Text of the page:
I couldn't find much about their business model online. Presumably part of it is about removing the overhead of a brick & mortar drugstore. Additionally, I don't know a ton about how the B2B side of the pharmacy industry, but the SF Chronicle explains that CVS and Walgreens dominate 90% of it and the models are complicated.
ScriptDash maintains a strong presence on Yelp with an overall 5-star rating and many reviews from delighted customers. Through a partnership with Heal, which provides doctor house calls as a service, you can even get diagnosed and have the meds delivered without leaving your home. That feels like the future.
The idea of saving a trip to the pharmacy for many prescriptions is interesting and I'm excited to see how and where they expand next.
Wave is Venmo for sending money to Africa from your debit card. Basically their model is to provide a more cost effective alternative to Western Union or MoneyGram by cutting out the additional fees beyond currency exchange.
Source: Screenshot taken by author on wave.com
This isn't a space I know much about, so I did some research. It turns out that money transfer into Africa involves giving up 12% or more to fees, mostly through Western Union, and the inconvenience of traveling far to and from the bank, then waiting in a long line as well.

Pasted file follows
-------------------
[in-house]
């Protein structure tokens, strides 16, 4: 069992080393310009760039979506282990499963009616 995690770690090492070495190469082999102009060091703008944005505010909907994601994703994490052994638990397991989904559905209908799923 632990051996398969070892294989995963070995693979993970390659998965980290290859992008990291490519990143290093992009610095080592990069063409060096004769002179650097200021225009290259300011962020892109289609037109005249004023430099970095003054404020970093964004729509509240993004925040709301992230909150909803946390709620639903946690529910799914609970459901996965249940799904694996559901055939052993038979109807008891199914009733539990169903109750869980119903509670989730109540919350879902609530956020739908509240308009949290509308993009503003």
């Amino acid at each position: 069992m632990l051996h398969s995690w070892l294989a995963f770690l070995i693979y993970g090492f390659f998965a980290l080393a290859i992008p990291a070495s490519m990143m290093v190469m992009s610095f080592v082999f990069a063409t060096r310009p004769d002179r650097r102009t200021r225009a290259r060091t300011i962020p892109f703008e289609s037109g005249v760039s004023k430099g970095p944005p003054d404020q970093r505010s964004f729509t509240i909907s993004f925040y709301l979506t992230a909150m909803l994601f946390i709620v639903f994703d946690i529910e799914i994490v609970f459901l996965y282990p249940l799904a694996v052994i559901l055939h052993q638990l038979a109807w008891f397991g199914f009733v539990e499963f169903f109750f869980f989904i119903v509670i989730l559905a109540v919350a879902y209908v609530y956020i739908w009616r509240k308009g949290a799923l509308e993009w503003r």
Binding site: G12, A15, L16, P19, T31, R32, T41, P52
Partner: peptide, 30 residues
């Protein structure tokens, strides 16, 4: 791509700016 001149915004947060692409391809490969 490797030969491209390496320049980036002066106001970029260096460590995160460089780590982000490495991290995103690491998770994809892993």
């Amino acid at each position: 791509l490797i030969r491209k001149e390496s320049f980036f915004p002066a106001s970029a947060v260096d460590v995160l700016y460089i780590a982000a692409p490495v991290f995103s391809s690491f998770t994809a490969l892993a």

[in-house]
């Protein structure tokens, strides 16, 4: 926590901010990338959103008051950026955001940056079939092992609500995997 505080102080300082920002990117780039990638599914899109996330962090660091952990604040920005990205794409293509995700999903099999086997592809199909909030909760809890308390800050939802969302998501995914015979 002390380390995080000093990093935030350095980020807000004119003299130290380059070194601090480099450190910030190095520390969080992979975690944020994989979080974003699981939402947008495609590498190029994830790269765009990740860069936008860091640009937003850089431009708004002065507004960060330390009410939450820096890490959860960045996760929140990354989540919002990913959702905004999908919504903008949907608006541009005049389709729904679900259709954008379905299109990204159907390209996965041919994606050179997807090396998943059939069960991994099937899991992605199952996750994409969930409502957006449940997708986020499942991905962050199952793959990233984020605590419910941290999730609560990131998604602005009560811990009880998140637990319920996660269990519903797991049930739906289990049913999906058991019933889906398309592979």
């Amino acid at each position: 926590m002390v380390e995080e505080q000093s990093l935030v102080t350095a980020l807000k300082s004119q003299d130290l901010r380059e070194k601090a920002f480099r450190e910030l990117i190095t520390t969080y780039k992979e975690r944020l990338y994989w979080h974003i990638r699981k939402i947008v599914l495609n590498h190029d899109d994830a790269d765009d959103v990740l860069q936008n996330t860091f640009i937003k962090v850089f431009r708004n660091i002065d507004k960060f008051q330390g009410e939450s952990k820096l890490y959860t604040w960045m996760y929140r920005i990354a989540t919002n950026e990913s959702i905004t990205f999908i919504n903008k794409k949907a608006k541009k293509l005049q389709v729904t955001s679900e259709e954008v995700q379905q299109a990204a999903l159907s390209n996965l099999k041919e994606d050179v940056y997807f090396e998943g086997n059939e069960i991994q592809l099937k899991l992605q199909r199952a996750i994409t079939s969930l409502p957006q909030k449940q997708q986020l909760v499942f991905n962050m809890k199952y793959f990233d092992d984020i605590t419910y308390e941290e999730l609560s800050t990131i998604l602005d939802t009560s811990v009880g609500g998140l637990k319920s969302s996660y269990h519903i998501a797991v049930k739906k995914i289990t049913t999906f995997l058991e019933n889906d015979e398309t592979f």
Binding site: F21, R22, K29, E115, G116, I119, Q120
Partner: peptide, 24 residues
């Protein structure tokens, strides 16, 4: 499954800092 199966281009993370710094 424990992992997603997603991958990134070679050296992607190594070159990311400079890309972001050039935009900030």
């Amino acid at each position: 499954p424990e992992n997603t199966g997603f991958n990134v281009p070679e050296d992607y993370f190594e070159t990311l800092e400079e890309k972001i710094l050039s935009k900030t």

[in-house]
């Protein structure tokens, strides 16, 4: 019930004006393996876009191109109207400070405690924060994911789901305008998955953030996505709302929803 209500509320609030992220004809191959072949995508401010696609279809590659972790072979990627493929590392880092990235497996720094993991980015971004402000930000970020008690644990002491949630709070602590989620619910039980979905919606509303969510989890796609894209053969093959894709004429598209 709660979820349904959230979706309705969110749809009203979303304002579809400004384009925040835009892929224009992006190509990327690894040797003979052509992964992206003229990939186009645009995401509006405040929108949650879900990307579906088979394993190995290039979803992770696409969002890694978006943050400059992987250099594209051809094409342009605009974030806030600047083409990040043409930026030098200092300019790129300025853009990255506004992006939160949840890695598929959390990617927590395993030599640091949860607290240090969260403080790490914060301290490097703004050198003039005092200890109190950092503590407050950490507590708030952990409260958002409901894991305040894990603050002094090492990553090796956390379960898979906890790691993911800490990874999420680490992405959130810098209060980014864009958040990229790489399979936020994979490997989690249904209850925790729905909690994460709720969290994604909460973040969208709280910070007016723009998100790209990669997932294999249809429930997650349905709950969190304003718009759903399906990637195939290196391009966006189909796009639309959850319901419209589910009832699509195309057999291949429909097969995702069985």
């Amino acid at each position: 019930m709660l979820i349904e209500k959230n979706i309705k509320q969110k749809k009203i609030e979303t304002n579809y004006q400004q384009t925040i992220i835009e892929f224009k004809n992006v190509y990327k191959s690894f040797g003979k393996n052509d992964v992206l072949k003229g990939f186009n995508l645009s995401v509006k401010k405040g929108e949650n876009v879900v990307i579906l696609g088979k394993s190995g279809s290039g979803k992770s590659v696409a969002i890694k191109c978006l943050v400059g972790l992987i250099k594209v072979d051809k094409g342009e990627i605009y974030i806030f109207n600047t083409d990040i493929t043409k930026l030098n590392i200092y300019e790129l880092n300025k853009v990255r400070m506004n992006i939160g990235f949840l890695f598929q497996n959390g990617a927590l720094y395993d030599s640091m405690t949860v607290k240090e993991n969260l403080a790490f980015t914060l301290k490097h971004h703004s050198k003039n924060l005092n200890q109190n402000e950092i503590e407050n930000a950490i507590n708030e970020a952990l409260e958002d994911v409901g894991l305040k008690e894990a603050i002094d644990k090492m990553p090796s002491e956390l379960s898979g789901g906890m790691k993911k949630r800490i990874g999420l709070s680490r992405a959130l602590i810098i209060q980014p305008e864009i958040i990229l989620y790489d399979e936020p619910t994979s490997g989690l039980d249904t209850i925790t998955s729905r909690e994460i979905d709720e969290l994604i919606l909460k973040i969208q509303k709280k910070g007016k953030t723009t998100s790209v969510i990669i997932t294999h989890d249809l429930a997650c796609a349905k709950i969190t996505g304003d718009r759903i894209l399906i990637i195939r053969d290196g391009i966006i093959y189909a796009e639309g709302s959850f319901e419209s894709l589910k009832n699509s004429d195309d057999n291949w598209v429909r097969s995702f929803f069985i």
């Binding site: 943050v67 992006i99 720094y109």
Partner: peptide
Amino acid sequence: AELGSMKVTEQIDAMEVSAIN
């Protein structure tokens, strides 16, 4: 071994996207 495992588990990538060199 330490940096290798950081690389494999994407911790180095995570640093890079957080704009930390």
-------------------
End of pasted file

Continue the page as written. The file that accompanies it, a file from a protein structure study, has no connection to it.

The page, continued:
Additionally, unlike the U.S., Africa's economies are predominantly cash-based and most people don't have bank accounts or credit cards, but they do have phones, and mobile wallets or "mobile money accounts". Banking infrastructure doesn't exist there, and instead of Apple Pay, Venmo, or PayPal, the wallets are run by mobile providers, such as Vodafone's M-Pesa. (Sources: TechCrunch, FiveThirtyEight)
Those conditions seem ripe for disruption.
I wouldn't have discovered any of this if it weren't for Justin's share on Snapchat. If you're curious to know more about startups changing the world, consider giving him a follow.
You can learn more or try the three startups at: